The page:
The record fails to show that defendant moved to dismiss the action or for judgment as of nonsuit when the State had introduced its evidence and rested its case, or at the close of all the evidence in accordance with the provisions of G.S. 15-173. Nor does the defendant contend here on this appeal that the evidence is insufficient to take the case to the jury on the charge laid, and to support the verdict rendered against him.
But defendant does set forth in the case on appeal assignments of error covering eighty-four exceptions to matters occurring in the course of the trial in Superior Court, and to portions of the charge as given by the trial judge to the jury, and to his failure to charge in other aspects.
The exceptions brought forward in large measure relate to (1) direct testimony of prosecutrix in identifying wearing apparel removed from her person, and later found in the building, and as to knife of defendant with which prosecutrix was cut, all introduced in evidence; (2) corroborative testimony of other witnesses pertaining thereto; and (3) photographs admitted in evidence for the purpose of illustrating the testimony of prosecutrix and of other witnesses as to areas surrounding the scene of the crime charged.
The action of the court in admitting such evidence finds approval *211in decisions of this Court. S. v. Wall, 205 N.C. 659, 172 S.E. 216; S. v. Petry, 226 N.C. 78, 36 S.E. 2d 653; S. v. Hooks, 228 N.C. 689, 47 S.E. 2d 234; S. v. Speller, 230 N.C. 345, 53 S.E. 2d 294.
In the Speller case, in opinion by Ervin, J., it is said: “The articles of clothing produced at the trial by the prosecution were rightly received in evidence. They were identified as the garments worn by the accused and prosecutrix at the time named in the indictment, and bore tears and stains corroborative of the State’s theory of the case,” citing S. v. Wall, supra, and other cases. The same principle would apply as to the knife of defendant with which, prosecutrix testified, he threatened her and actually cut her hands, face and throat.
Moreover, the decisions of this Court uniformly hold that while in the trial of cases, civil or criminal, in this State, photographs may not be admitted as substantive evidence, Honeycutt v. Brick Co., 196 N.C. 556, 146 S.E. 227; S. v. Perry, 212 N.C. 533, 193 S.E. 727, where there is evidence of the accuracy of a photograph, a witness may use it for the restricted purpose of explaining or illustrating to the jury his testimony relevant and material to some matter in controversy. See S. v. Gardner, 228 N.C. 567, 46 S.E. 2d 824, and cases cited. Also S. v. Chavis, 231 N.C. 307, 56 S.E. 2d 678; S. v. Rogers, 233 N.C. 390, 64 S.E. 2d 572; S. v. Norris, 242 N.C. 47, 86 S.E. 2d 916.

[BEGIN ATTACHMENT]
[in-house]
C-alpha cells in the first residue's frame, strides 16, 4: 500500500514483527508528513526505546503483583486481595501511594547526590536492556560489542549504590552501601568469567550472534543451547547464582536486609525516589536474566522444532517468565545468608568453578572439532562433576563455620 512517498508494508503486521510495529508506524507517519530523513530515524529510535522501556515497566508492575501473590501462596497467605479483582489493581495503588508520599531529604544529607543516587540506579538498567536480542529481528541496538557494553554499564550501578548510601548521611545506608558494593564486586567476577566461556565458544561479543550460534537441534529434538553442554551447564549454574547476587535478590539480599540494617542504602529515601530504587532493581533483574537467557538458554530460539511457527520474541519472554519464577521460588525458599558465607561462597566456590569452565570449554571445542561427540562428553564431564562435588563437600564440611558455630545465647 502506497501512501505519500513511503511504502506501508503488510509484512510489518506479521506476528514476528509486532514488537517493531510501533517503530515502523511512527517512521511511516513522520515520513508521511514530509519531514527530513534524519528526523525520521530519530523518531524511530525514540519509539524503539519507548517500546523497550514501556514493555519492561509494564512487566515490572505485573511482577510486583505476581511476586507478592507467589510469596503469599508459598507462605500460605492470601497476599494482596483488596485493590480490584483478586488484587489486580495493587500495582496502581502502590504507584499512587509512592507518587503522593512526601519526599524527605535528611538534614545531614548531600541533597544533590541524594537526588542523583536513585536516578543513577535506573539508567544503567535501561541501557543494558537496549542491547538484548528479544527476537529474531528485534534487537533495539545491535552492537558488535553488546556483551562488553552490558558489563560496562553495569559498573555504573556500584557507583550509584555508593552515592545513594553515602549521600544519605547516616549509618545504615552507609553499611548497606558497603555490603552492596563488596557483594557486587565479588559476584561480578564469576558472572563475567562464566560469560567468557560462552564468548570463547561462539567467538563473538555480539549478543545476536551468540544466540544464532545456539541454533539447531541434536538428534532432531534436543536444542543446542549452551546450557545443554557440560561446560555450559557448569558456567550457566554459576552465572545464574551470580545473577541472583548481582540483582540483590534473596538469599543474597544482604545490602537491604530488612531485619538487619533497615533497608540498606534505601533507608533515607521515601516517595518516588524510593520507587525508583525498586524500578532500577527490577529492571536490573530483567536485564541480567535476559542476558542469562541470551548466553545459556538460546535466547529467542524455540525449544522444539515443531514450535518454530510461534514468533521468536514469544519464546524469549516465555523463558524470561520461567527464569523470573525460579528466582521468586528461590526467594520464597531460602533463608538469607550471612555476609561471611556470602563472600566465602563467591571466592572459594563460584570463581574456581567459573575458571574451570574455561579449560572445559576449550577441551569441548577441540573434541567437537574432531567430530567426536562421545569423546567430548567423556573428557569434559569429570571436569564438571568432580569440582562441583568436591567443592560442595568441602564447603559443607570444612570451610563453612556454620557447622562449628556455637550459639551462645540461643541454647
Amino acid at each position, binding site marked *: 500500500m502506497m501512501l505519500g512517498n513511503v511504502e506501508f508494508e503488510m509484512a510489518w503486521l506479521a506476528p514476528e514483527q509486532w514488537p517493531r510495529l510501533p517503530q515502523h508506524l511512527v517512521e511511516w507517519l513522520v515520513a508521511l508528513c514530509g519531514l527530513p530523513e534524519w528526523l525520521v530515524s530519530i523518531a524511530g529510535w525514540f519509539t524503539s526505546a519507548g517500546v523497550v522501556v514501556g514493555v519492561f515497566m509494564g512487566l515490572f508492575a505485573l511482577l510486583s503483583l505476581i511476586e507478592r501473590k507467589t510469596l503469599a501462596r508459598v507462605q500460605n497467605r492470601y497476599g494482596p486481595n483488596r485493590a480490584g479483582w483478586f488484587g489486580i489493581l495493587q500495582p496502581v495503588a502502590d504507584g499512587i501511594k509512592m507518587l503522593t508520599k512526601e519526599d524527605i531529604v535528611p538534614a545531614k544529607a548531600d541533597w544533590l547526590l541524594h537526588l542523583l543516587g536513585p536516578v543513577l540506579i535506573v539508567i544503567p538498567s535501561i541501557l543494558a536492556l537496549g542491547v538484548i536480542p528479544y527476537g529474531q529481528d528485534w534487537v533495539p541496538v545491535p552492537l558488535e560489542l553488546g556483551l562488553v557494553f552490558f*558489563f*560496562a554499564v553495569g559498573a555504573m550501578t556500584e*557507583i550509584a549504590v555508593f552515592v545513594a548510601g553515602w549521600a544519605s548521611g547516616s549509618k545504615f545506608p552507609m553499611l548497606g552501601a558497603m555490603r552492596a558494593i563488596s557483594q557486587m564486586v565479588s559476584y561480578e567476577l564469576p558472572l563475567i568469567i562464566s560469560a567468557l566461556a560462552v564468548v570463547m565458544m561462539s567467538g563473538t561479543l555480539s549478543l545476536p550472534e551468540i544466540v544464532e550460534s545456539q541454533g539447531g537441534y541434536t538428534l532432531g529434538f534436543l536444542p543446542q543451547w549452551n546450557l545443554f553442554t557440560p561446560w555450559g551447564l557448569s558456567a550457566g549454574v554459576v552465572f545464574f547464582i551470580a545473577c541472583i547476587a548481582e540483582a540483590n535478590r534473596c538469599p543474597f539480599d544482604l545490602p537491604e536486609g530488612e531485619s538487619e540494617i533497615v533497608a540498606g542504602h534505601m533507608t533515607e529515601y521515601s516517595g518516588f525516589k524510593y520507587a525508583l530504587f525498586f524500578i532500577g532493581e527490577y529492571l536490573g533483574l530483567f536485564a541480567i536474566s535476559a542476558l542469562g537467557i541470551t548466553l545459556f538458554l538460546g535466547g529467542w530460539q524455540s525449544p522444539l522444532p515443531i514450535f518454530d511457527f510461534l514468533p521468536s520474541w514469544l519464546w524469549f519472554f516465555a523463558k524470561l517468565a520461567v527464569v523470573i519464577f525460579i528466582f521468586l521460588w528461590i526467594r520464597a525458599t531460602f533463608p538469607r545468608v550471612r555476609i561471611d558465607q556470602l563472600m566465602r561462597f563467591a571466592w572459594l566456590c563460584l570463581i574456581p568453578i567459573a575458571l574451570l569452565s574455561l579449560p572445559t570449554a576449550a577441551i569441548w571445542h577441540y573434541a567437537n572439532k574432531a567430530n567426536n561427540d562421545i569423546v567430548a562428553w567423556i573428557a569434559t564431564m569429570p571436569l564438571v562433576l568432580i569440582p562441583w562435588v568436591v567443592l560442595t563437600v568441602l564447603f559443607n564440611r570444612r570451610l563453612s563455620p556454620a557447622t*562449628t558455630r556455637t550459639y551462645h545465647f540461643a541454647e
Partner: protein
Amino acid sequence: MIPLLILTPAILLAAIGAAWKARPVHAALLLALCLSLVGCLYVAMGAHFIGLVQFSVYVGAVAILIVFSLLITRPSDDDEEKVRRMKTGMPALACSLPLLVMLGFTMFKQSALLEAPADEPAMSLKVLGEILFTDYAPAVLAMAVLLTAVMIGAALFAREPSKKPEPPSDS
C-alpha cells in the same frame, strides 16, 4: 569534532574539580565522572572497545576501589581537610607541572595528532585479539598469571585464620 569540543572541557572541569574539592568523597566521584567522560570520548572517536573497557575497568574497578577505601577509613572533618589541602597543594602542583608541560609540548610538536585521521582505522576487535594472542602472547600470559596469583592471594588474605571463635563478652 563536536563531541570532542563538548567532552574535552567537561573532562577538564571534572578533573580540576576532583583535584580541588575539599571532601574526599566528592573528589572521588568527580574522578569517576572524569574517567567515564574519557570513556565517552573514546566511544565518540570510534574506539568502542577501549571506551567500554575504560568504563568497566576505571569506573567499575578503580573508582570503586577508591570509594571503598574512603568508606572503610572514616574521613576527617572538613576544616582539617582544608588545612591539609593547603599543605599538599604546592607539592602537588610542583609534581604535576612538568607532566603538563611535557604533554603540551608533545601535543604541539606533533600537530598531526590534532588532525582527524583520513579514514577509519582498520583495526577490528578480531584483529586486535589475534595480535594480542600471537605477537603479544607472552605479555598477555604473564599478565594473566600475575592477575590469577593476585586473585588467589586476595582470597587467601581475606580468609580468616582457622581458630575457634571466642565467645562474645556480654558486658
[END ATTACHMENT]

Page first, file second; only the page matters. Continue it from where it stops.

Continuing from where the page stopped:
Testing the matters of testimony in respect to photographs by the principle here stated, error in the rulings of the trial judge is not made to appear.
Furthermore defendant contends that the court erred in charging the jury in respect to verdicts that may be rendered by the jury.
In this connection it is provided in pertinent part by statute G.S. 15-169, formerly C.S. 4639, that: “On the trial of any person for rape * * * when the crime charged includes an assault against the person, it is lawful for the jury to acquit of the felony and to find a verdict of guilty of assault against the person indicted, if the evidence warrants such finding And speaking to the subject of this statute in S. v. Williams, 185 N.C. 685, 116 S.E. 736, this Court, in opinion by Walker, J., had this to say: “It is a well recognized principle that where one is indicted for a crime, and under the same bill he may be convicted of a lesser degree of the same crime, and there is evidence tending to support the milder verdict, the prisoner is entitled to have this view presented to the jury under a correct charge, and an error in this respect is not cured by a verdict convicting the prisoner of a higher offense, for in such case it cannot be determined that the jury would not have convicted of the lesser crime if the view had been correctly presented by the judge, upon evidence.” And the Court went on to say, as in the instant case, “defendant, as stated, is indicted for *212the crime of rape. Under such an indictment, and by express proAnsion of our statute law, a verdict of assault with a deadly weapon, or even of simple assault, could be rendered if there is evidence to support such a finding * * ®.” Hence it is clear that the trial judge Avas not in error in charging the jury in the present case, there being evidence tending to show such assault, that if the jury acquit defendant of the'charge of assault with the intent to commit rape, the jury will then consider and determine whether he is guilty or not guilty of assault upon the prosecutrix with a deadly weapon.
In conclusion, all other assignments of error have been given careful consideration, and we fail to find cause for disturbing the judgment on the verdict rendered against defendant. Hence the judgment will be, and is hereby affirmed— there being
PARKER, J., not sitting.